Tips and Tricks
Speaking of glass, you need to have a clean glass if you plan leaving your painting in the glass. Use glass cleaner on real glass, and warm water and a wet cloth for Plexiglas since it can scratch.
If possible, take your painting out of the glass, and just lean the painting against the wall. If not, then turn off your flash, and use a polarizing filter. The filter will help you with the inevitable glare.
Try to get your frame in the shot if it’s a nice frame. If it’s a cheap frame, try to cut it out of the picture or remove the frame in post-production. You should take your picture off the wall to take the picture. Outside glare could reflect off the painting and cause some glare.
Instead, lean your picture against the wall as straight as possible since it will give the best representation of your painting. This can be done by placing a piece of foam cord. The foam cord will also give your painting a neutral background, which is important since you don’t want any exterior colors or patterns in your photograph. The straighter the painting and the less exterior patterns and colors mean the less that you have to do with your camera software. It’s harder to fix these things when touching up your paintings.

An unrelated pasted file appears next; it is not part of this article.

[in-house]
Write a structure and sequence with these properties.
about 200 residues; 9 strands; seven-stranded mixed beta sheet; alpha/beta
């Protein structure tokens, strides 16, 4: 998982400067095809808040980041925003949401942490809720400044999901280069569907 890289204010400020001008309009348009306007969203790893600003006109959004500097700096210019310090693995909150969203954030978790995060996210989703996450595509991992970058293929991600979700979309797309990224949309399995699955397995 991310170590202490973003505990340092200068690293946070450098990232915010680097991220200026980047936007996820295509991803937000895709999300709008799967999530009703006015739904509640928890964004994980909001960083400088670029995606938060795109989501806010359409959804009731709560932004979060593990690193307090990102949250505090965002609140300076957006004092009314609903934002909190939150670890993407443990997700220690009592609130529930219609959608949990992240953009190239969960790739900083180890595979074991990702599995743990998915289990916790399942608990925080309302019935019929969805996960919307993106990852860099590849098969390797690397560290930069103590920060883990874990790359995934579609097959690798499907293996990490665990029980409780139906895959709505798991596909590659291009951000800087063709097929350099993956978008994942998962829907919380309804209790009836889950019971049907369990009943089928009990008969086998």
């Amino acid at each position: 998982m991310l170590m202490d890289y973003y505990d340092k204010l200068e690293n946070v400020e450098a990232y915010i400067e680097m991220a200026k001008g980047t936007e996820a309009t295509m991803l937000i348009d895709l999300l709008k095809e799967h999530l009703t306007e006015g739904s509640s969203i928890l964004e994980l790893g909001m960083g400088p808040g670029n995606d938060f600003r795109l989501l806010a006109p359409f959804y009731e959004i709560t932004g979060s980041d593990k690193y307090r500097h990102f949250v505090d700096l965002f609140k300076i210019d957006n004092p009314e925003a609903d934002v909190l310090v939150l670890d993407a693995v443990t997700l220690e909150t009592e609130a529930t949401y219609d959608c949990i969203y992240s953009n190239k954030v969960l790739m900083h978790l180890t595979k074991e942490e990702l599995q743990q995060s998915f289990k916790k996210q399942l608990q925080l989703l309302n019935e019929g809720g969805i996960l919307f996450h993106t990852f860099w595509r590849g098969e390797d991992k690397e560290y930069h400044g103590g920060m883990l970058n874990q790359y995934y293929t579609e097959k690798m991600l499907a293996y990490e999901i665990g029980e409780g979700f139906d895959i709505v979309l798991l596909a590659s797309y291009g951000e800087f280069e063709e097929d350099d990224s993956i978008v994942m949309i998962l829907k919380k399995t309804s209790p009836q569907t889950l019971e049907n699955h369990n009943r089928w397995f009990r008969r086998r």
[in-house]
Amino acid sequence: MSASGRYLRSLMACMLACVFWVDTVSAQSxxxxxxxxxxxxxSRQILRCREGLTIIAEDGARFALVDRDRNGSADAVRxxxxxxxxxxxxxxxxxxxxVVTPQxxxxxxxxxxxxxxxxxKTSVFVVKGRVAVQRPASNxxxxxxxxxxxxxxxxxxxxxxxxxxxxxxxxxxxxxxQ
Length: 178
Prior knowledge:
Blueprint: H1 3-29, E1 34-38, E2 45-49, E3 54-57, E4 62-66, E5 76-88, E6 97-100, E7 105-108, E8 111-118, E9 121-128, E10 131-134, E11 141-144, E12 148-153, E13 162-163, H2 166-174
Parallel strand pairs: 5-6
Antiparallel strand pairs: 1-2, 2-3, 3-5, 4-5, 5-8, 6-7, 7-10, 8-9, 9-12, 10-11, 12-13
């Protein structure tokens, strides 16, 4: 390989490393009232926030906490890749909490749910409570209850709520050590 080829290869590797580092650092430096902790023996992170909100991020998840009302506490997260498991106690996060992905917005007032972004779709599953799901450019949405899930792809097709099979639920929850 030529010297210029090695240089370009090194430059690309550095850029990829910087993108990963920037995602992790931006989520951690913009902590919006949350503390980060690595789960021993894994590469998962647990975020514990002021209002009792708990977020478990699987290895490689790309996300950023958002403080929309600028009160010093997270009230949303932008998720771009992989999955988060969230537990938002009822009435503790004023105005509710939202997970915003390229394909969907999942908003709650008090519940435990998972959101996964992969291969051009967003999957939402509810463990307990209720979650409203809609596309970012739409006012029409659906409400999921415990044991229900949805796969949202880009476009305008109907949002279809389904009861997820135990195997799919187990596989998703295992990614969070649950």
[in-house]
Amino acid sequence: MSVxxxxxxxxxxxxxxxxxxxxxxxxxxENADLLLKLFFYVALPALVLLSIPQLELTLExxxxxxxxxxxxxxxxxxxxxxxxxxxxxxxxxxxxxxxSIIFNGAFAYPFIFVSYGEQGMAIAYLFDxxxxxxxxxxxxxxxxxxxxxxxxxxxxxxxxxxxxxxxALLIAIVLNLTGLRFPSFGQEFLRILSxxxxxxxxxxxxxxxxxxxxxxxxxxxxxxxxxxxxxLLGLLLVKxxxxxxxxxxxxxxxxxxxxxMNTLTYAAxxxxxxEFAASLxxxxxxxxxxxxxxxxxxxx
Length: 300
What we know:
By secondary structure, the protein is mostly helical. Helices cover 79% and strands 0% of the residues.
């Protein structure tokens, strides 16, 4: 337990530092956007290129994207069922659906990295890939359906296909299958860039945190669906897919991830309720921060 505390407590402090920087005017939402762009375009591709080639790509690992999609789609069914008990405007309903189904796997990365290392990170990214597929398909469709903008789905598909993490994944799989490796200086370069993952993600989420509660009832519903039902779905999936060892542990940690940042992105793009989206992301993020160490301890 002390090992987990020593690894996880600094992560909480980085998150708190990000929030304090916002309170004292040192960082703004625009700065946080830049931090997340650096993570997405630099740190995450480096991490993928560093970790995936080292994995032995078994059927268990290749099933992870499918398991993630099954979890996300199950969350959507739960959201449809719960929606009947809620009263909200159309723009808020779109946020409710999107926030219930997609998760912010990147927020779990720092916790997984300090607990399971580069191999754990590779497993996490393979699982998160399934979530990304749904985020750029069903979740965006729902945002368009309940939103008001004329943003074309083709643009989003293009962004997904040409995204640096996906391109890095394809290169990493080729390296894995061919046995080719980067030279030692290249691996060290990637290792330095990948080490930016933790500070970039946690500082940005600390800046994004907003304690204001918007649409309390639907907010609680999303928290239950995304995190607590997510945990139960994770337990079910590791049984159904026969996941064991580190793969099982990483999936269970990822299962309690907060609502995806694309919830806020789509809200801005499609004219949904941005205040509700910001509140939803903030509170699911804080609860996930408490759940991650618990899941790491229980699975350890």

Finally, if you have to do have some wash-out or glare in your photographs, you can fix these with photo editor software like the software that came with your camera, Photoshop and others. For example, photographing your paintings often results in the softening of your pictures. Cover the un-sharp effect to correct this problem, which will make your photographs sharper. You can also adjust the contrast and brightness to make your photographs more dynamic, darker or lighter.